Look, there are lots of posts about extroverts and introverts, and they are (mostly) true, and I find the (noncondenscending) ones very informative/helpful. (extroverts don’t mean to interrupt/be rude and introverts aren’t really being standoffish/antisocial, etc).

In my profession, pastoring, I have met a lot of introverts-(wait don’t you have to preach on a regular basis? you ask)

The answer is, its because of introverts super-cool-awesome listing super-powers…which are very pastoral and help a lot.

Note: this is also why pastors take Monday off, they are recovering from the preaching/being large groups/expended lots of energy thing

Usually I take Friday off, after a week of only interacting with small one-on-ones or just small groups of people, I’m drained.

Church has time for both of these types: That passing of the peace time? thats for the extroverts, that silent prayer time? That’s for the introverts…(per usual, you prob should only like about 3/4 of the service, because you want people who aren’t like you to find meaning in the worship too)

Here is, what I find, to be a helpful metaphor for introverts and extraverts

When introverts interact, they are like a balloon that is slowly deflating….and in order to regain energy, they need to go and have some down time to re-inflate…..

When extroverts DON’T interact: its like a balloon that is being filled with more and more air…and if they don’t get a change to deflate (by interacting) they will “pop”

I tend to refer to this phenomena in my own life as “emotionally throwing up” where suddenly I burst out with all of my feelings in one long-winded moment, and I don’t have the energy to pare down or be quiet (help! I’m talking and I can’t shut up)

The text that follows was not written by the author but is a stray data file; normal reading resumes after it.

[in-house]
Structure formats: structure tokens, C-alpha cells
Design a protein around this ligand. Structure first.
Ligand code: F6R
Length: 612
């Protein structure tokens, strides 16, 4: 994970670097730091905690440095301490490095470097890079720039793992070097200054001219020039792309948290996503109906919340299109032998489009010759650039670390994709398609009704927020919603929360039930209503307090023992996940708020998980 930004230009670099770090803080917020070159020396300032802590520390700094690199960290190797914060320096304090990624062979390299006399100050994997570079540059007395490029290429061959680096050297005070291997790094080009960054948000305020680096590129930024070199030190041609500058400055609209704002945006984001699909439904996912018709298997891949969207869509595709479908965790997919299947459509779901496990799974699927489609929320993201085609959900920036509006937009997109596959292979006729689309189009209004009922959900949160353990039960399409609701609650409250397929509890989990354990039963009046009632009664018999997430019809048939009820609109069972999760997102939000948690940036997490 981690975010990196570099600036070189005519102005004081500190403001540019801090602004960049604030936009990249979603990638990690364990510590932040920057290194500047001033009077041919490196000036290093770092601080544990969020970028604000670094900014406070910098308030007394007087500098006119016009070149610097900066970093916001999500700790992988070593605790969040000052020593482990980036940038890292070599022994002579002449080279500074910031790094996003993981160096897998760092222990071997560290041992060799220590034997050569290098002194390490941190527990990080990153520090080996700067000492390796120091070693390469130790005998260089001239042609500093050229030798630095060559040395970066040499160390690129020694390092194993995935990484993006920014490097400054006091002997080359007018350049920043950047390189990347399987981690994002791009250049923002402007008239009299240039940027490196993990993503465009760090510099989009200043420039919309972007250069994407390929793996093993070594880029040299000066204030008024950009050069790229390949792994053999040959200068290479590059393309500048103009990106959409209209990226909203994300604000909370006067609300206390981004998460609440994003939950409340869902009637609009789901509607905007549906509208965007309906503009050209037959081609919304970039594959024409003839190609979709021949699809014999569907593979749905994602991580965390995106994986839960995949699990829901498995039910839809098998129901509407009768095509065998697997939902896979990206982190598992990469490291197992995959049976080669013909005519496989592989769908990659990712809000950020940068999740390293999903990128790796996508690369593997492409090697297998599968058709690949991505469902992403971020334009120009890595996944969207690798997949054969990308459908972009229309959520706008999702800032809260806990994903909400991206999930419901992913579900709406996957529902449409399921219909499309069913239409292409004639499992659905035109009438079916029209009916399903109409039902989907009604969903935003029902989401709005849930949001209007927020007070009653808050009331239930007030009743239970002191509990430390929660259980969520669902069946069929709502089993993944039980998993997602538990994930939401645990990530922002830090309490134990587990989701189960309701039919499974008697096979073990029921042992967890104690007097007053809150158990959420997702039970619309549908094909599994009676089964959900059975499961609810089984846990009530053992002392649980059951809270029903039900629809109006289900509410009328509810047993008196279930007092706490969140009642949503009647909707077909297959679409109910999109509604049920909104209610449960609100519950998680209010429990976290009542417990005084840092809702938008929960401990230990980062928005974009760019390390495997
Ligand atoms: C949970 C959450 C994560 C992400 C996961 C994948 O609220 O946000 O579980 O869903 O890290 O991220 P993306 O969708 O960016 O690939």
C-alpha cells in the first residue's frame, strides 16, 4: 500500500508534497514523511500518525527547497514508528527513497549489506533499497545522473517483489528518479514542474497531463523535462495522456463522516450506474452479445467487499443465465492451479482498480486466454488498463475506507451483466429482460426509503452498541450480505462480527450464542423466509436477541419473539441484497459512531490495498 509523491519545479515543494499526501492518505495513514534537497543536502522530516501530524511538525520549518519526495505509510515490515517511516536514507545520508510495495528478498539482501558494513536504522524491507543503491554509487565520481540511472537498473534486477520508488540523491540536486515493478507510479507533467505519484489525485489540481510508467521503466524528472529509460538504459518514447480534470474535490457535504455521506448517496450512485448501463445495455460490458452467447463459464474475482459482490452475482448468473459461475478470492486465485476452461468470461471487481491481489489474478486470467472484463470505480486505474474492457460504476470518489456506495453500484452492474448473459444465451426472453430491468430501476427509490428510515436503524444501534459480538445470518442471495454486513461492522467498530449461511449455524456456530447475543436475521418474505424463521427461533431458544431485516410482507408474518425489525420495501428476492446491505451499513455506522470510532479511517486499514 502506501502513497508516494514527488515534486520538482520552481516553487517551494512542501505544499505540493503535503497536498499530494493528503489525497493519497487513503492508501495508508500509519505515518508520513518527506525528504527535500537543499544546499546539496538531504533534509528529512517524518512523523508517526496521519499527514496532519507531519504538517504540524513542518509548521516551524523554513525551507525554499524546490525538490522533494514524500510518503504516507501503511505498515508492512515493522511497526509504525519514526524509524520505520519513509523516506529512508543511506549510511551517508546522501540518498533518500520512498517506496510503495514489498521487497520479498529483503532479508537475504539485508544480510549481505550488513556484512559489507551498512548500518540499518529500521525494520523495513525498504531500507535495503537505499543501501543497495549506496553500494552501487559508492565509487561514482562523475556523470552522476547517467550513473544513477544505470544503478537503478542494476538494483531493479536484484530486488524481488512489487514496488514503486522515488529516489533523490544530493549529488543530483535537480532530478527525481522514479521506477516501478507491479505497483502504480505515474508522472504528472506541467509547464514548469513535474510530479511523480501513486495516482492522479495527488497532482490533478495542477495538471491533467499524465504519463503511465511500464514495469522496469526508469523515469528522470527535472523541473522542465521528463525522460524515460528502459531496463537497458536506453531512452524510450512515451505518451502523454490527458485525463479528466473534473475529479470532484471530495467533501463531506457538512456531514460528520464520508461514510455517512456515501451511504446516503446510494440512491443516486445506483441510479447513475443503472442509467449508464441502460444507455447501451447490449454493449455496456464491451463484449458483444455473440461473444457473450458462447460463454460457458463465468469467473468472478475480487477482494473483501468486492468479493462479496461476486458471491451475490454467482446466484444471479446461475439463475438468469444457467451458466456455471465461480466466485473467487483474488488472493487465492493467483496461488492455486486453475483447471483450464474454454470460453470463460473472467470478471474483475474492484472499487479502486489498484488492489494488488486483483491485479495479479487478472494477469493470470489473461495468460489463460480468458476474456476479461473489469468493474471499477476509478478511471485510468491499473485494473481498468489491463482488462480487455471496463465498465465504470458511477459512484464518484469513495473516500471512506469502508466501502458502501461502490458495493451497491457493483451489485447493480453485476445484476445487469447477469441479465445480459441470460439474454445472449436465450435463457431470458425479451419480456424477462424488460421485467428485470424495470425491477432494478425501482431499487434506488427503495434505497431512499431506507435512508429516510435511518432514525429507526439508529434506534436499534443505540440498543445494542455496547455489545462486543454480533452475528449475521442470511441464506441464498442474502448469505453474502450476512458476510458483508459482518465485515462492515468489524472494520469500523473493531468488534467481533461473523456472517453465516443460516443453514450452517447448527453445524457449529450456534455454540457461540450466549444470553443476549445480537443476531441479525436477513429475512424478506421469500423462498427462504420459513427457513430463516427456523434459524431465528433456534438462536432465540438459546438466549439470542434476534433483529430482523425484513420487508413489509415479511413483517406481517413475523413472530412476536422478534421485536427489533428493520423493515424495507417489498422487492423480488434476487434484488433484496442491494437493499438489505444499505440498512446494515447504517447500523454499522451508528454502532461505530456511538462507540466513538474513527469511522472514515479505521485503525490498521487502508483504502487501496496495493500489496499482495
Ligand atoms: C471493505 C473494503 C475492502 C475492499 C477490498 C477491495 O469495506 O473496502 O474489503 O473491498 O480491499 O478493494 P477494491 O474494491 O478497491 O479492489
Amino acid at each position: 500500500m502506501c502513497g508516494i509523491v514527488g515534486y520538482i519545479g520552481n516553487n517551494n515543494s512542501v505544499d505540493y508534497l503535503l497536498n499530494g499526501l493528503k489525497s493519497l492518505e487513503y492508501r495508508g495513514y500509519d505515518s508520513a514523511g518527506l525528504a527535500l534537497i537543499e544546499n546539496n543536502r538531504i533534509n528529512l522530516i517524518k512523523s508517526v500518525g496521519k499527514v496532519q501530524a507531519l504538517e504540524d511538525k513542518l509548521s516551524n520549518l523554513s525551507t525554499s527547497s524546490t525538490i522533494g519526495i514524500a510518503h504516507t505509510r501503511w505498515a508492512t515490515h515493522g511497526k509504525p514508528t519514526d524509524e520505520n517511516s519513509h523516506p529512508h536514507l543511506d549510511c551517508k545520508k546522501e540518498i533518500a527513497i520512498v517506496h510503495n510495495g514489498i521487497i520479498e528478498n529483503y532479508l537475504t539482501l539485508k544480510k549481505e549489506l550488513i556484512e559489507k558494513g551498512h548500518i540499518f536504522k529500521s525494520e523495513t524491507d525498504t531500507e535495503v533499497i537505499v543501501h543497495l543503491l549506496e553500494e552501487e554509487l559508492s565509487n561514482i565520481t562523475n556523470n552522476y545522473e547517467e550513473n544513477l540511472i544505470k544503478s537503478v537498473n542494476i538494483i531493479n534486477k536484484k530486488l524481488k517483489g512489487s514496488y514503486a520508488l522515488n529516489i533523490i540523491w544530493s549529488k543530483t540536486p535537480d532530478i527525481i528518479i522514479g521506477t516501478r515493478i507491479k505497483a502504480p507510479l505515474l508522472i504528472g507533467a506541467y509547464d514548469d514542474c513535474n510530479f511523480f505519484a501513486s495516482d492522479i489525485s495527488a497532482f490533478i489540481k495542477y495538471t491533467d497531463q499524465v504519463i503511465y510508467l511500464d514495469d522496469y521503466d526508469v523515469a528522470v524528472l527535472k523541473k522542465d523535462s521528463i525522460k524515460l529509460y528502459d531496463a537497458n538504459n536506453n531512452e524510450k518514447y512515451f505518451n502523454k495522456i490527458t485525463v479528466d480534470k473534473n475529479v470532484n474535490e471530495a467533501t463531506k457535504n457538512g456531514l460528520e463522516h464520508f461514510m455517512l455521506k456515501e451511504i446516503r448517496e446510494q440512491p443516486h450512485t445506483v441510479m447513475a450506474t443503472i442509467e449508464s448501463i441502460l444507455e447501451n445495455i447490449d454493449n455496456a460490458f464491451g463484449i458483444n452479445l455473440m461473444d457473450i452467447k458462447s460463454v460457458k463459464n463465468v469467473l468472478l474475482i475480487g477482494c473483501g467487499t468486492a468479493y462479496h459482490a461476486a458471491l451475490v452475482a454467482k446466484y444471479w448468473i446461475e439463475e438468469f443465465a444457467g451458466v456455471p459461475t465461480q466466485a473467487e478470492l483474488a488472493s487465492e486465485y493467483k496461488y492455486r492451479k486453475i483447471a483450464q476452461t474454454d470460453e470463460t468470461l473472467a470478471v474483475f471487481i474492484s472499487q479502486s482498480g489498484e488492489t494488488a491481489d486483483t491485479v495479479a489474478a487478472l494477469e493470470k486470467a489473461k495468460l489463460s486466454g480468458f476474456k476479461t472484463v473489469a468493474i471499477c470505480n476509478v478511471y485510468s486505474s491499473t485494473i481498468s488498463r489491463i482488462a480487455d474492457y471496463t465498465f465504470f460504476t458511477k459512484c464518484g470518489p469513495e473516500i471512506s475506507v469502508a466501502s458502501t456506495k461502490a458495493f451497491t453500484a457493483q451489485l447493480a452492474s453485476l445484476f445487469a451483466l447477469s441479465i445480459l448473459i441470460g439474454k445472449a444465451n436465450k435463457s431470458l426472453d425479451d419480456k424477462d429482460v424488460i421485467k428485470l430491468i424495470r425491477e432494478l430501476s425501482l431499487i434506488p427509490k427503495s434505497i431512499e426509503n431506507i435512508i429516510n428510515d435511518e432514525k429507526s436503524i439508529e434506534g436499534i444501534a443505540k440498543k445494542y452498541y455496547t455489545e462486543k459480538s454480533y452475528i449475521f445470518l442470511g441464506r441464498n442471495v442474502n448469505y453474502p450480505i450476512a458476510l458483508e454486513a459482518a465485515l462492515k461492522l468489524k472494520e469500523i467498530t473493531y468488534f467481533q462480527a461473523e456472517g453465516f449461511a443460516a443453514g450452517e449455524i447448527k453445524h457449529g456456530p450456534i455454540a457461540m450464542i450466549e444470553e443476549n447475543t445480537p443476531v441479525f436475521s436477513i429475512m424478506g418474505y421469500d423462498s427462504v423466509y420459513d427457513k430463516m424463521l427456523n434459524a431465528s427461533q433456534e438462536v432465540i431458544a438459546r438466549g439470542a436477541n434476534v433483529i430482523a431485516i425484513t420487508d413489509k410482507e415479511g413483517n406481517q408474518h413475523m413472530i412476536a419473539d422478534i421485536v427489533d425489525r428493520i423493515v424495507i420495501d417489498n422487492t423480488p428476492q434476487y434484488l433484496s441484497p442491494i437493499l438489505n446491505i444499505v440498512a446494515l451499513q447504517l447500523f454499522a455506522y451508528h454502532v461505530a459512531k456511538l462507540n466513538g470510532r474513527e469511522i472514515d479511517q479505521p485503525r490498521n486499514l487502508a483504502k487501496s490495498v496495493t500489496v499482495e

Respect the balloon…and whatever you need to do to keep your balloon at a manageable level…do so…

and go in peace!!

Author: katyandtheword

Pastor Katy has enjoyed ministry at New Covenant for 7 years, where the church has solidified its community focus. Prior to that she studied both Theology and Christian Formation at Princeton Theological Seminary. She also served as an Assistant Chaplain at Trenton Psychiatric Hospital and as the Christian Educational Coordinator at Bethany Presbyterian at Bloomfield, NJ. She enjoys working within and connecting to the community, is known to laugh a lot during service, and tells as many stories as possible. Pastor Katy loves reading Science Fiction and Fantasy, theater, arts and crafts, music, playing with children and sunshine, and continues to try to be as (w)holistically Christian as possible. "Publisher after publisher turned down A Wrinkle in Time," L'Engle wrote, "because it deals overtly with the problem of evil, and it was too difficult for children, and was it a children's or an adult's book, anyhow?" The next year it won the prestigious John Newbery Medal. Tolkien states in the foreword to The Lord of the Rings that he disliked allegories and that the story was not one.[66] Instead he preferred what he termed "applicability", the freedom of the reader to interpret the work in the light of his or her own life and times. "Hallows, not Horcruxes" Harry Potter

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